Government must get the message on transmission

Victorian farmers are getting a poor deal on electricity


The Western Victoria Transmission Network Project could be the first of many transmission augmentations in the state

Emma Germano

Emma Germano

FARMERS are getting shafted in the rush to connect under-utilised renewable assets to metropolitan Melbourne.

The Western Victoria Transmission Network Project is the first major transmission augmentation in Victoria in decades, and it will likely be the first of many.

As wind farms and solar farm developments continue to come online in the west and north of the state, transmission infrastructure that was designed to carry electricity from the Latrobe Valley to the rest of Victoria needs to be redesigned to carry the electricity the other way.

Crisscrossing farmland is often seen as the cheapest and easiest way to do this, totally ignoring the impacts on farming communities and food production.

Poor planning on the part of the Victorian Government means farmers are not being treated fairly.

The Western Victoria Project is proposed to cut through prime agricultural land, including highly productive grazing and potato growing areas.

Ministers on Spring Street may view this merely as an unfortunate impact of a project of state significance but they are ignoring the potential local and industry specific impacts.

This attitude undermines the value of a strong and prosperous agriculture industry and the wealth and security it provides to our state and our nation.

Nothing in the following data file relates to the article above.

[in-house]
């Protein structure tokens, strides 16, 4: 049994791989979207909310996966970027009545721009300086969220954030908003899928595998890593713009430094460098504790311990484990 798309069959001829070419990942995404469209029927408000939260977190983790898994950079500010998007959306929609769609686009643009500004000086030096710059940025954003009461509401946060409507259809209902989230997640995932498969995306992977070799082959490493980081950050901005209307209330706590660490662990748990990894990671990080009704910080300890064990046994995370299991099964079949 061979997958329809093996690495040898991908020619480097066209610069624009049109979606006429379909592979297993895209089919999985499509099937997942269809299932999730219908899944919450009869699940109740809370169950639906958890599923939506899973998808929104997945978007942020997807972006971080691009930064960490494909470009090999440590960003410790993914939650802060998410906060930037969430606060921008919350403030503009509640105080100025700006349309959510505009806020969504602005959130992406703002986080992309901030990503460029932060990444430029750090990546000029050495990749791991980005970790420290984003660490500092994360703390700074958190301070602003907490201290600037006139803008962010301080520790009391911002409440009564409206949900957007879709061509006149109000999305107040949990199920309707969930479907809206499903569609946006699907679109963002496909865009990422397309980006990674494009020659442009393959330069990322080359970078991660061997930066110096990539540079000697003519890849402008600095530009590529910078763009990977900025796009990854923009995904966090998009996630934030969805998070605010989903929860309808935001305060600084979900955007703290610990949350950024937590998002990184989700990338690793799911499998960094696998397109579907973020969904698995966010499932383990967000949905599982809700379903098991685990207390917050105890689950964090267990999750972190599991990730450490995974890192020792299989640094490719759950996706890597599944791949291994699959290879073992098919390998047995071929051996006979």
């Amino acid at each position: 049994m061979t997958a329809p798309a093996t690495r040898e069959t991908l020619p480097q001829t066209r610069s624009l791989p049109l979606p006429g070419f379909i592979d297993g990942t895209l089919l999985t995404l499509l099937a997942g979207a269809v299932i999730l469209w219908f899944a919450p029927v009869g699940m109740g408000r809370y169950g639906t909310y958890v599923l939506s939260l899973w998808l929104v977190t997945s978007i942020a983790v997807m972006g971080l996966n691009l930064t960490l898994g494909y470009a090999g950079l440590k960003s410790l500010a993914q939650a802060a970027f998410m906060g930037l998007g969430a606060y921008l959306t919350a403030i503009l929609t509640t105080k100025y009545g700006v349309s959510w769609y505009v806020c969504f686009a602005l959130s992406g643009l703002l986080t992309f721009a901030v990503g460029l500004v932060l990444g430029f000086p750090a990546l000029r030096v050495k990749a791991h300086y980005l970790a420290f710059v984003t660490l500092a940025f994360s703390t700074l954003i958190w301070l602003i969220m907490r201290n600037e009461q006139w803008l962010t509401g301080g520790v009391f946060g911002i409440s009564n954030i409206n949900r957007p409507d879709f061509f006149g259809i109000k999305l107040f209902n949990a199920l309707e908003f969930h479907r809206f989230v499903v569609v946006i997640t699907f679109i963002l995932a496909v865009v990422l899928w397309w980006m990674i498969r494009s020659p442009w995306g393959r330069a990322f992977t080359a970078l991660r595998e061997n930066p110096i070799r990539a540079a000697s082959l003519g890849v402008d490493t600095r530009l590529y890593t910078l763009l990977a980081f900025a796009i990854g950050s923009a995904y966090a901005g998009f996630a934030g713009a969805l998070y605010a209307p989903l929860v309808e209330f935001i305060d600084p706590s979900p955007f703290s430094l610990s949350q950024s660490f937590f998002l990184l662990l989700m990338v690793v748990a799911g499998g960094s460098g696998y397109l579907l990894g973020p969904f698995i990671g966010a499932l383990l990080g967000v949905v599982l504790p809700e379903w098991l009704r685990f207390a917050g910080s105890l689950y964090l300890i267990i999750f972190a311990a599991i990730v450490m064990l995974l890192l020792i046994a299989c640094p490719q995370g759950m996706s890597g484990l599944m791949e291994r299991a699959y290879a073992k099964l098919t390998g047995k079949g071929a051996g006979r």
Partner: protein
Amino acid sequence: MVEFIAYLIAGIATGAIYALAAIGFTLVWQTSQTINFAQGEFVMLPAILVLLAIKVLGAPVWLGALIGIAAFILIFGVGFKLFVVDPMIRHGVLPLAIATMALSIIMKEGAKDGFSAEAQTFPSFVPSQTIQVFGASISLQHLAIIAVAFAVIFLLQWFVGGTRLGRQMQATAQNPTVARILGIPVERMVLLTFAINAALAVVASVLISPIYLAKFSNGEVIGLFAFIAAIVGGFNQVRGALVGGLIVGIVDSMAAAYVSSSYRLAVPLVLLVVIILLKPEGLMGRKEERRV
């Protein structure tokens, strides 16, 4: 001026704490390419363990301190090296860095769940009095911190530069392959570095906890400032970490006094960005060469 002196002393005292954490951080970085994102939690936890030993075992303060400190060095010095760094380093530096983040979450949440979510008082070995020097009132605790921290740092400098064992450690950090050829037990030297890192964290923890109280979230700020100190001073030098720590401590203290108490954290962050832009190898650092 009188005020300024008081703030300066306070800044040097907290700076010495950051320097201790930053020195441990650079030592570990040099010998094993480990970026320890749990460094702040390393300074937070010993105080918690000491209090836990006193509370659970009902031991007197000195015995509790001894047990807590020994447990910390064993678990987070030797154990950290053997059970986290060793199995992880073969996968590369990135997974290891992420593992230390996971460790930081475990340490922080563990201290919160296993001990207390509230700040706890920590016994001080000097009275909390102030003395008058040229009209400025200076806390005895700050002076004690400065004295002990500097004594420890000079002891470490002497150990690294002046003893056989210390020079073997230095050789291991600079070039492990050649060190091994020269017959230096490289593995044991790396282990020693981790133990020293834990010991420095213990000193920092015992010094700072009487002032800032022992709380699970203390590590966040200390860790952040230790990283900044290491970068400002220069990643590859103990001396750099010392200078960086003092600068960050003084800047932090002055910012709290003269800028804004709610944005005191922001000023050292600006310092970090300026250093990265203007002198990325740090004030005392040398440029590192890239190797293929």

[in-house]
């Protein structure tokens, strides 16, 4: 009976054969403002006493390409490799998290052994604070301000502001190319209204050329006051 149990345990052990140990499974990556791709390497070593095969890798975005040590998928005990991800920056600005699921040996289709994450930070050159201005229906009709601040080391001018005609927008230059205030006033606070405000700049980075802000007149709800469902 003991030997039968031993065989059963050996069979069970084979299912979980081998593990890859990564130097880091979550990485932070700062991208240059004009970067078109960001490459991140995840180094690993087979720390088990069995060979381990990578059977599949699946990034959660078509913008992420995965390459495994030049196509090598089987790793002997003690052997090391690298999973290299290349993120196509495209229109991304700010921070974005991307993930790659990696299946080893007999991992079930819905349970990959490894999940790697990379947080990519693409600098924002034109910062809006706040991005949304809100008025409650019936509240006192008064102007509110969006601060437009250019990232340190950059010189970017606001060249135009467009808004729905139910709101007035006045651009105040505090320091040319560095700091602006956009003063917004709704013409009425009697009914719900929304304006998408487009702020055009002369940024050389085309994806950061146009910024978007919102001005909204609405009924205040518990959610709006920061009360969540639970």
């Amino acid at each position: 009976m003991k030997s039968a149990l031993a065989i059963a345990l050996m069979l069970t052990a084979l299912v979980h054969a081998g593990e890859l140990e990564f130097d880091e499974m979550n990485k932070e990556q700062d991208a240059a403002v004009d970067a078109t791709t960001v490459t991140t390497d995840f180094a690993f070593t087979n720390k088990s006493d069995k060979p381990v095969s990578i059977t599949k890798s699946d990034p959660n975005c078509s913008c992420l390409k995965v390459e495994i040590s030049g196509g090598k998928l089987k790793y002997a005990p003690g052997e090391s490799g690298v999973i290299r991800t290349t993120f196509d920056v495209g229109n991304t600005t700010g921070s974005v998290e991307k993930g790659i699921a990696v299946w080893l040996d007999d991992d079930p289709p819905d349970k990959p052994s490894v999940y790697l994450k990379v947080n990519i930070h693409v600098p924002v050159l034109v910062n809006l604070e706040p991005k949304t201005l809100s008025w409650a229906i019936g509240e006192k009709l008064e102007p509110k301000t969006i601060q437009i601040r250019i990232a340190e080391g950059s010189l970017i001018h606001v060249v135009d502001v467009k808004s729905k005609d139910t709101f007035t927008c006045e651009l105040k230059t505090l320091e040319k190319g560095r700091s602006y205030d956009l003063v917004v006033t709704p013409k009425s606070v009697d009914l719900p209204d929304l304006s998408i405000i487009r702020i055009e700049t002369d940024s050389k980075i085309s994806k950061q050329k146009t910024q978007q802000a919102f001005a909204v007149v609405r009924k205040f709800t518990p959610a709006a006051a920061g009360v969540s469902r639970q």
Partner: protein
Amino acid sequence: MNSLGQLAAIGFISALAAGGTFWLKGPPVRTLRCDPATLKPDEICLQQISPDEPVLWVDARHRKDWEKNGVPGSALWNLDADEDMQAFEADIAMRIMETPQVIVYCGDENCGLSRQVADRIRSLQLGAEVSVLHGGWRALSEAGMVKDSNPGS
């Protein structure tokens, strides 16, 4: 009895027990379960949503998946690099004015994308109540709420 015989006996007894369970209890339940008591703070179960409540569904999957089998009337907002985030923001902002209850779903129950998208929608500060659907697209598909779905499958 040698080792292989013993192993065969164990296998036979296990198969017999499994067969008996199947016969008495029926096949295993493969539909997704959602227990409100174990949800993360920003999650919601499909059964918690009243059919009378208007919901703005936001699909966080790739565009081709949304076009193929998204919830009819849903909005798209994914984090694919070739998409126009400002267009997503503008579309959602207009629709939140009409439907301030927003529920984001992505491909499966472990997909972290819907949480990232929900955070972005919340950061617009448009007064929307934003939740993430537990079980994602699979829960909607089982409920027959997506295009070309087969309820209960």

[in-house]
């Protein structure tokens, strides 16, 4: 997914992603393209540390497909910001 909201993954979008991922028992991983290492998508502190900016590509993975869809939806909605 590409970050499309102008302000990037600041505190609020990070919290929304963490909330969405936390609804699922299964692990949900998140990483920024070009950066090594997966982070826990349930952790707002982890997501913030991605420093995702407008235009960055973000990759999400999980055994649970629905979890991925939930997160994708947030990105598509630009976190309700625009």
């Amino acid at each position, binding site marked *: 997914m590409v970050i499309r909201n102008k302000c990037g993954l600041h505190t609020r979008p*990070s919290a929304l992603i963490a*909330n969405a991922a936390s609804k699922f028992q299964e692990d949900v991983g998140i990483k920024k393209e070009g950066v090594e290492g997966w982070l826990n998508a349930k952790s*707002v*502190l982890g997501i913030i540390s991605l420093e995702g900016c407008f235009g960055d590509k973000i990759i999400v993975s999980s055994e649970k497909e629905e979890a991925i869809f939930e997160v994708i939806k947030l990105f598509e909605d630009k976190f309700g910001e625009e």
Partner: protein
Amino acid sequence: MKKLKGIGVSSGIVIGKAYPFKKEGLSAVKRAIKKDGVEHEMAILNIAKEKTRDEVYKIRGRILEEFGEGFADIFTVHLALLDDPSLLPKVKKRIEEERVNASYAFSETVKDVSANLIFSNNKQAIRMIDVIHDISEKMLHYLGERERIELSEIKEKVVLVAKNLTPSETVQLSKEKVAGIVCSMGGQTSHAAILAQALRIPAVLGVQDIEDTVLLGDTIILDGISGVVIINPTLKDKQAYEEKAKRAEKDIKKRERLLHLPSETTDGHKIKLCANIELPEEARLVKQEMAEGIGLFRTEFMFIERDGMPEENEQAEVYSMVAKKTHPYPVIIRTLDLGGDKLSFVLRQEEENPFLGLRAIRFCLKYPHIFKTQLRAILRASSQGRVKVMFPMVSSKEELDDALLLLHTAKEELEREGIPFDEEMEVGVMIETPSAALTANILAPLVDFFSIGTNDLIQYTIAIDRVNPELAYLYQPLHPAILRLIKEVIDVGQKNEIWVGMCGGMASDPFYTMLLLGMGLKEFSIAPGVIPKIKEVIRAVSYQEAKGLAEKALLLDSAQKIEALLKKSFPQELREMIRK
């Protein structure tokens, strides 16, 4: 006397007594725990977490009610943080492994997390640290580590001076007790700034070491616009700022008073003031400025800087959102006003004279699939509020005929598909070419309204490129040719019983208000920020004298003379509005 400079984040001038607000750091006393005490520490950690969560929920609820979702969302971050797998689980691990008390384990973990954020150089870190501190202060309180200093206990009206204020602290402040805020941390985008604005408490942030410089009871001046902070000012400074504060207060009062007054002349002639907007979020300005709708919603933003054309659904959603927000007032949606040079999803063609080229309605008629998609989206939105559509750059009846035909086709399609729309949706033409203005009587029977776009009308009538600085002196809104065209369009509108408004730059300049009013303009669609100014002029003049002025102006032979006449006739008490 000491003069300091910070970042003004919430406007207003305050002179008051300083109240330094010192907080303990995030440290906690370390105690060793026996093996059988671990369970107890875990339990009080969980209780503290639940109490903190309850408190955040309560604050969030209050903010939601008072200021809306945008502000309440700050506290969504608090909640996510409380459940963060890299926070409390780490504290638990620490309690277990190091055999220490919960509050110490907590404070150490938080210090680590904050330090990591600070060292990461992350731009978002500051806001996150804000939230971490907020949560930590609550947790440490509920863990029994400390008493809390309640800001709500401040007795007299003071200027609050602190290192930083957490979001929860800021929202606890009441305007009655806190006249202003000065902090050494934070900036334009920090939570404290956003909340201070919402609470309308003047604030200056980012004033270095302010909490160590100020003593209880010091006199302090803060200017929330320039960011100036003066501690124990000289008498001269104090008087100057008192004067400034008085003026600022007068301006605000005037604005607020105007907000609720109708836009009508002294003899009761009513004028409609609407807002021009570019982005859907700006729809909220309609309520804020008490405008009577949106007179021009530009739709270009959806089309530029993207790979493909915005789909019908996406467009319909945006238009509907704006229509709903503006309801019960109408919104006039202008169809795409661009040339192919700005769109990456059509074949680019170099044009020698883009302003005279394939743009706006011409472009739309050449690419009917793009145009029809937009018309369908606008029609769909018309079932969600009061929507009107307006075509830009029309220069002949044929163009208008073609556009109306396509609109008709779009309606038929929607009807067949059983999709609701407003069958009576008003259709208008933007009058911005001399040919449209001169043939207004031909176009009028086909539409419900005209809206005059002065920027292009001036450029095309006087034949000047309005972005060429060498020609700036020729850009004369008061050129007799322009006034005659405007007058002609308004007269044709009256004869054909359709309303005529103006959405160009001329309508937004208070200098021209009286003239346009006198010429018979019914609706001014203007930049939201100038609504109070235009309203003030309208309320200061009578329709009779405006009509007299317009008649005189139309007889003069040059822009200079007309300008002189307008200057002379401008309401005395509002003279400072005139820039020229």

Already McCain's has warned that 60,000 tonnes of annual potato crop is in jeopardy. This isn't just an impact on farmers, but also manufacturing jobs in Ballarat.

The wicked part of this whole debacle is the fact there are viable alternatives. Existing infrastructure corridors along the Western Highway and the undergrounding of the power lines are alternatives that impacted communities are quite rightly encouraging the government to consider.

These alternatives may be more expensive in the short term and this would be reflected on Victorian's power bills over the coming decades but I think it is a fair price to pay to protect our food production.

The billions seem to flow for infrastructure projects in Melbourne but for regional Victoria, cheapest is best.

The truth is there has not been adequate planning for future transmission needs in Victoria.

The VFF wrote to the Minister for Energy, Lily D'Ambrosio in 2020 urging the Government to develop a transmission strategy.

A strategy would ensure communities are better consulted and allow more time to reduce impacts on food production.

While we are fighting to reduce the impact of these projects on farmers we must also ensure fair and equitable compensation when transmission lines are inevitably built, whether that be overhead or underground. Farmers should not be asked to pay on behalf of the entire community.

The VFF believes that compensation arrangements in Victoria need to be strengthened so that farmers who are impacted by transmission infrastructure are fairly compensated.

The current one-off upfront payments are just not fair.

The VFF wants to see farmers receiving annual commercial payments, much like those for wind turbines.

With federal and state elections in the next 18 months transmission infrastructure will be a political issue that will help decide a number of marginal seats in western and central Victoria.

To those MPs in these seats - you are on notice.


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